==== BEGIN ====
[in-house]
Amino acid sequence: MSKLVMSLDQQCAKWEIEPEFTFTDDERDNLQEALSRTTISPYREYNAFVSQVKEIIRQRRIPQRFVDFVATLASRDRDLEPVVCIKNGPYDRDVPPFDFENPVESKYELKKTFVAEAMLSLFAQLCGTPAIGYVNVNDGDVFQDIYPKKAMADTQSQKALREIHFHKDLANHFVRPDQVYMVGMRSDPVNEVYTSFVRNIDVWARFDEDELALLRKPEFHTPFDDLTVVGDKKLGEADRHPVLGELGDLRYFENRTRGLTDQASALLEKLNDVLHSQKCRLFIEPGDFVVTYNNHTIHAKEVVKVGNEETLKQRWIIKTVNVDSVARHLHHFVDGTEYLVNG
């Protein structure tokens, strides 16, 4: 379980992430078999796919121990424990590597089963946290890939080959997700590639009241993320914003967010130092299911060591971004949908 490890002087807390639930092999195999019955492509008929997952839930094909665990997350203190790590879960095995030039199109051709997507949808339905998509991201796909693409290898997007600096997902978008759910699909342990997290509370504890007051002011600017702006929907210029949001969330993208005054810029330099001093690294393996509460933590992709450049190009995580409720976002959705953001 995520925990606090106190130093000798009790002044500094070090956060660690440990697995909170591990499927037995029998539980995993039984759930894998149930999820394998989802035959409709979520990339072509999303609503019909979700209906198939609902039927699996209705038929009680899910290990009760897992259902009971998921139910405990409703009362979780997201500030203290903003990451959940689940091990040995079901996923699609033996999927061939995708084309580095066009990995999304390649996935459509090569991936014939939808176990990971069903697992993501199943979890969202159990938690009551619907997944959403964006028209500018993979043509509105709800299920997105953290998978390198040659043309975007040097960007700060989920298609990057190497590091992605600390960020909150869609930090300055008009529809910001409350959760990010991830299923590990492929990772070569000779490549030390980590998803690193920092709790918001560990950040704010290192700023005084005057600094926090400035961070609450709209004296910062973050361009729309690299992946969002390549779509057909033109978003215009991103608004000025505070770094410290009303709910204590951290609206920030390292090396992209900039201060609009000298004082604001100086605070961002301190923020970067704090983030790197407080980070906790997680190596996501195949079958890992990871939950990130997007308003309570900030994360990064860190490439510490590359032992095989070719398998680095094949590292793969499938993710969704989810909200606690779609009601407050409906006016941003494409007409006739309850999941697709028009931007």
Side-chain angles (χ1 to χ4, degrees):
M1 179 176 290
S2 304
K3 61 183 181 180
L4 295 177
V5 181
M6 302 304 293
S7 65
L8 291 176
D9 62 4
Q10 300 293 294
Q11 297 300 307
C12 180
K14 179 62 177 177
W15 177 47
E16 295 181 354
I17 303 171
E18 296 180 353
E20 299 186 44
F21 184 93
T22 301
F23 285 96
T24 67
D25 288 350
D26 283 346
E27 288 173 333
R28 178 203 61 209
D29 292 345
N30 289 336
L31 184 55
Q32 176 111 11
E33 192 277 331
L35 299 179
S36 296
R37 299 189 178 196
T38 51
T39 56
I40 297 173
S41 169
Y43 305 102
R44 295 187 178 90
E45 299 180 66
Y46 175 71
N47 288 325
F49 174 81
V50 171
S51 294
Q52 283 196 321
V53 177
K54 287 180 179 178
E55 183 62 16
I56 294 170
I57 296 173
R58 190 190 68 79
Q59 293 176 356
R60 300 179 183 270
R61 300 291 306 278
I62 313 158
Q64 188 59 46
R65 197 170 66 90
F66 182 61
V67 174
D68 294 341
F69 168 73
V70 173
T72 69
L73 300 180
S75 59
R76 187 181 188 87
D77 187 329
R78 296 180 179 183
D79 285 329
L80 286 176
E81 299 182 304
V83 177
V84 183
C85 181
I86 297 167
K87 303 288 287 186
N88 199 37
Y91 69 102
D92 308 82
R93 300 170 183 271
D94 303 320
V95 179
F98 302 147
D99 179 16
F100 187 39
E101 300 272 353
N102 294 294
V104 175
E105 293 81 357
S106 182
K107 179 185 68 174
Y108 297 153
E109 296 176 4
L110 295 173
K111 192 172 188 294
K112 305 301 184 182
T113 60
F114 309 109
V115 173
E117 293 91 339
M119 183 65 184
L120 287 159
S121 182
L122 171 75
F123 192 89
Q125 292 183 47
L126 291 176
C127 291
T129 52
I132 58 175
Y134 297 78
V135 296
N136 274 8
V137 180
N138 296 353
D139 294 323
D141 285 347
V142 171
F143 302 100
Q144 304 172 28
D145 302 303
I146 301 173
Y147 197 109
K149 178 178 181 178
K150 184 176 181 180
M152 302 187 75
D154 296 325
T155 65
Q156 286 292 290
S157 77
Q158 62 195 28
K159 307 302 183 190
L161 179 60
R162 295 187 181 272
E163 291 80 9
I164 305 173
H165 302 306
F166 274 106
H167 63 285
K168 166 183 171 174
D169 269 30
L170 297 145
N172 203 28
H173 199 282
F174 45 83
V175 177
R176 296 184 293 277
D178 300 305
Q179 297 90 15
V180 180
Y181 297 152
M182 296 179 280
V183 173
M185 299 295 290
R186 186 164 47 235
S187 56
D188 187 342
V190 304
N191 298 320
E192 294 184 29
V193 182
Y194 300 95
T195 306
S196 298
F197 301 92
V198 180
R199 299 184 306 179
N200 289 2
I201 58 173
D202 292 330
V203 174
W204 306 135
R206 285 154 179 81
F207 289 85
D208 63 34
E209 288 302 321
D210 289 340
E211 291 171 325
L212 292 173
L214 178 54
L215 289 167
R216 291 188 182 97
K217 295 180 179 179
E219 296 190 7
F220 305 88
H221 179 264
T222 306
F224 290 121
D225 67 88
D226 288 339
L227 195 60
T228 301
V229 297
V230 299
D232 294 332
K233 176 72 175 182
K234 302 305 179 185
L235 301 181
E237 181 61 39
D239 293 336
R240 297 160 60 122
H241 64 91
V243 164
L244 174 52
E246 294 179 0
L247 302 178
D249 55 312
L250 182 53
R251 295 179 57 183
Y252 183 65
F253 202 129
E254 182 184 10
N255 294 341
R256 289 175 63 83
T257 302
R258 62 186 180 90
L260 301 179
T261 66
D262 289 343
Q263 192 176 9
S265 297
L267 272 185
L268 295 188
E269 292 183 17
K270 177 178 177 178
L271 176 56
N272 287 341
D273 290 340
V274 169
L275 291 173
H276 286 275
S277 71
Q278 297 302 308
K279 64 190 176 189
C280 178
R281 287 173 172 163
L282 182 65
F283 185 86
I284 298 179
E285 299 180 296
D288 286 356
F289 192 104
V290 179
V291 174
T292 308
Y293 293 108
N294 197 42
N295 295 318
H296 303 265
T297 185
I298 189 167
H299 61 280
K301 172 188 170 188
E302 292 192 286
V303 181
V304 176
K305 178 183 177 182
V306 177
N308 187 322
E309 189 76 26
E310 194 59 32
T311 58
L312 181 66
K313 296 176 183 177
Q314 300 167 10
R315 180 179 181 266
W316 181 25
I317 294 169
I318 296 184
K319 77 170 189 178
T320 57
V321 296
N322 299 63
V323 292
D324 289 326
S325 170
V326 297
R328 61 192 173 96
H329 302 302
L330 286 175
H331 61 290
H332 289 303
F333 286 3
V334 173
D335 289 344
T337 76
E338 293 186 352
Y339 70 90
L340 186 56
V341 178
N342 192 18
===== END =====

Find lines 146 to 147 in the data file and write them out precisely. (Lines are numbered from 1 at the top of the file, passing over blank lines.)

K168 166 183 171 174
D169 269 30